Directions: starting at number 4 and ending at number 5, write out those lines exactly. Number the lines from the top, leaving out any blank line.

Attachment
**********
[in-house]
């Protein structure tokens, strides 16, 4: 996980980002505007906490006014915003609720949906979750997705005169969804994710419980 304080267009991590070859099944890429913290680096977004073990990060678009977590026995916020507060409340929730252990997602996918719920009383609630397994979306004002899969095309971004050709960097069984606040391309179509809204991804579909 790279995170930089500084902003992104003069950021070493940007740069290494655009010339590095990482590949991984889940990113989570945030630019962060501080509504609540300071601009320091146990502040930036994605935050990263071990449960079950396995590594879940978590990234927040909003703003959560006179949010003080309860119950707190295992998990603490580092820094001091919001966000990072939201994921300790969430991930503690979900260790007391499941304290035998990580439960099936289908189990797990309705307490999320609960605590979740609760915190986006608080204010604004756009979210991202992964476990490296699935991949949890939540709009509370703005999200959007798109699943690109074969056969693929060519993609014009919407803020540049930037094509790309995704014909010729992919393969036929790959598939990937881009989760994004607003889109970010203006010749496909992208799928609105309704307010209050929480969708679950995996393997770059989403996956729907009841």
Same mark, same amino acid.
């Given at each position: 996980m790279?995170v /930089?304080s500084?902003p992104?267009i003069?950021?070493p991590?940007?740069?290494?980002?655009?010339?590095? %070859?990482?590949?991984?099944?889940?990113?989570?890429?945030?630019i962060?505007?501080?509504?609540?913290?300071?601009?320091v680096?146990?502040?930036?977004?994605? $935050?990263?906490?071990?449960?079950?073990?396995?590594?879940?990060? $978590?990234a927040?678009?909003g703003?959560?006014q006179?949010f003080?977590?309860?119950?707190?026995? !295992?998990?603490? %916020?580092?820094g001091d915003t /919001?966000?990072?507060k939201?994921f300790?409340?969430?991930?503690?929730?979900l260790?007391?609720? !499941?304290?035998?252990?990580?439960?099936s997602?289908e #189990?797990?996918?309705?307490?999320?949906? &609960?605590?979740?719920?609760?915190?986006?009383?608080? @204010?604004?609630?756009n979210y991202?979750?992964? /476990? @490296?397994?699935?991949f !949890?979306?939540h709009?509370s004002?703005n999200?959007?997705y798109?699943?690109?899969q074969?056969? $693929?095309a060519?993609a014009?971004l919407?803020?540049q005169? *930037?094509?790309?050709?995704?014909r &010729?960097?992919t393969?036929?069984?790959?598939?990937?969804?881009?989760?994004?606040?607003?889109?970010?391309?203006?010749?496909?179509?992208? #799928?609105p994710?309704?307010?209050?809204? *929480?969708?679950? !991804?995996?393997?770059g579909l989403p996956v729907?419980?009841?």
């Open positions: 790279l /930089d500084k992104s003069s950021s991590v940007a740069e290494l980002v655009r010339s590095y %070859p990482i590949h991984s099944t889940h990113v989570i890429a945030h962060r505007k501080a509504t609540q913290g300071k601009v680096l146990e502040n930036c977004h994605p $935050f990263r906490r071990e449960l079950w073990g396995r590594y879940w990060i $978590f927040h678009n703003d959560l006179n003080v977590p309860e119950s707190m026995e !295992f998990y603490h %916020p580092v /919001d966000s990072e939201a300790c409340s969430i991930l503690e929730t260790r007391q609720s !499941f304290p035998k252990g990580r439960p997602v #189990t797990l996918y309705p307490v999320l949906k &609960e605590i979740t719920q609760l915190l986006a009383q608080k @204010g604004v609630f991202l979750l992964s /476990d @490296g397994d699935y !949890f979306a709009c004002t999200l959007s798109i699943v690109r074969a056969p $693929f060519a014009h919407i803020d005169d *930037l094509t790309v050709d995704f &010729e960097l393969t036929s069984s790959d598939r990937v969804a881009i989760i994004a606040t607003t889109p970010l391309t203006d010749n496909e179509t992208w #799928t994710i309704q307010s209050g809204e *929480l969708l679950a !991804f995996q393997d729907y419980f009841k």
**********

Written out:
């Given at each position: 996980m790279?995170v /930089?304080s500084?902003p992104?267009i003069?950021?070493p991590?940007?740069?290494?980002?655009?010339?590095? %070859?990482?590949?991984?099944?889940?990113?989570?890429?945030?630019i962060?505007?501080?509504?609540?913290?300071?601009?320091v680096?146990?502040?930036?977004?994605? $935050?990263?906490?071990?449960?079950?073990?396995?590594?879940?990060? $978590?990234a927040?678009?909003g703003?959560?006014q006179?949010f003080?977590?309860?119950?707190?026995? !295992?998990?603490? %916020?580092?820094g001091d915003t /919001?966000?990072?507060k939201?994921f300790?409340?969430?991930?503690?929730?979900l260790?007391?609720? !499941?304290?035998?252990?990580?439960?099936s997602?289908e #189990?797990?996918?309705?307490?999320?949906? &609960?605590?979740?719920?609760?915190?986006?009383?608080? @204010?604004?609630?756009n979210y991202?979750?992964? /476990? @490296?397994?699935?991949f !949890?979306?939540h709009?509370s004002?703005n999200?959007?997705y798109?699943?690109?899969q074969?056969? $693929?095309a060519?993609a014009?971004l919407?803020?540049q005169? *930037?094509?790309?050709?995704?014909r &010729?960097?992919t393969?036929?069984?790959?598939?990937?969804?881009?989760?994004?606040?607003?889109?970010?391309?203006?010749?496909?179509?992208? #799928?609105p994710?309704?307010?209050?809204? *929480?969708?679950? !991804?995996?393997?770059g579909l989403p996956v729907?419980?009841?």
């Open positions: 790279l /930089d500084k992104s003069s950021s991590v940007a740069e290494l980002v655009r010339s590095y %070859p990482i590949h991984s099944t889940h990113v989570i890429a945030h962060r505007k501080a509504t609540q913290g300071k601009v680096l146990e502040n930036c977004h994605p $935050f990263r906490r071990e449960l079950w073990g396995r590594y879940w990060i $978590f927040h678009n703003d959560l006179n003080v977590p309860e119950s707190m026995e !295992f998990y603490h %916020p580092v /919001d966000s990072e939201a300790c409340s969430i991930l503690e929730t260790r007391q609720s !499941f304290p035998k252990g990580r439960p997602v #189990t797990l996918y309705p307490v999320l949906k &609960e605590i979740t719920q609760l915190l986006a009383q608080k @204010g604004v609630f991202l979750l992964s /476990d @490296g397994d699935y !949890f979306a709009c004002t999200l959007s798109i699943v690109r074969a056969p $693929f060519a014009h919407i803020d005169d *930037l094509t790309v050709d995704f &010729e960097l393969t036929s069984s790959d598939r990937v969804a881009i989760i994004a606040t607003t889109p970010l391309t203006d010749n496909e179509t992208w #799928t994710i309704q307010s209050g809204e *929480l969708l679950a !991804f995996q393997d729907y419980f009841k």